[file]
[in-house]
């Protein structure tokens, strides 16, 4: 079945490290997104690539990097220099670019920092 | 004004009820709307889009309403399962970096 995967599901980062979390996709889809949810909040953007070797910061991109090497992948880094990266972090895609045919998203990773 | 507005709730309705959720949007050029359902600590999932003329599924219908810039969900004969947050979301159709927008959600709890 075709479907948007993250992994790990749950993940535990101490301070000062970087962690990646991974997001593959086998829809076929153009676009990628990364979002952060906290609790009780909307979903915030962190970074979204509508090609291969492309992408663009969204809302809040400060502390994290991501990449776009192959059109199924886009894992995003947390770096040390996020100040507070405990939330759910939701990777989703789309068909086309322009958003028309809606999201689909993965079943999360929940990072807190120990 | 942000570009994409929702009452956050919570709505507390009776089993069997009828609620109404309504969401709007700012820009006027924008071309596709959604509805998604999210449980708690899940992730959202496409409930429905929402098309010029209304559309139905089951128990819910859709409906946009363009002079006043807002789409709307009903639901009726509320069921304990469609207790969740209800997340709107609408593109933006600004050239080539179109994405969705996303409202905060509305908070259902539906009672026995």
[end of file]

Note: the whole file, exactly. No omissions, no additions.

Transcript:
[in-house]
């Protein structure tokens, strides 16, 4: 079945490290997104690539990097220099670019920092 | 004004009820709307889009309403399962970096 995967599901980062979390996709889809949810909040953007070797910061991109090497992948880094990266972090895609045919998203990773 | 507005709730309705959720949007050029359902600590999932003329599924219908810039969900004969947050979301159709927008959600709890 075709479907948007993250992994790990749950993940535990101490301070000062970087962690990646991974997001593959086998829809076929153009676009990628990364979002952060906290609790009780909307979903915030962190970074979204509508090609291969492309992408663009969204809302809040400060502390994290991501990449776009192959059109199924886009894992995003947390770096040390996020100040507070405990939330759910939701990777989703789309068909086309322009958003028309809606999201689909993965079943999360929940990072807190120990 | 942000570009994409929702009452956050919570709505507390009776089993069997009828609620109404309504969401709007700012820009006027924008071309596709959604509805998604999210449980708690899940992730959202496409409930429905929402098309010029209304559309139905089951128990819910859709409906946009363009002079006043807002789409709307009903639901009726509320069921304990469609207790969740209800997340709107609408593109933006600004050239080539179109994405969705996303409202905060509305908070259902539906009672026995």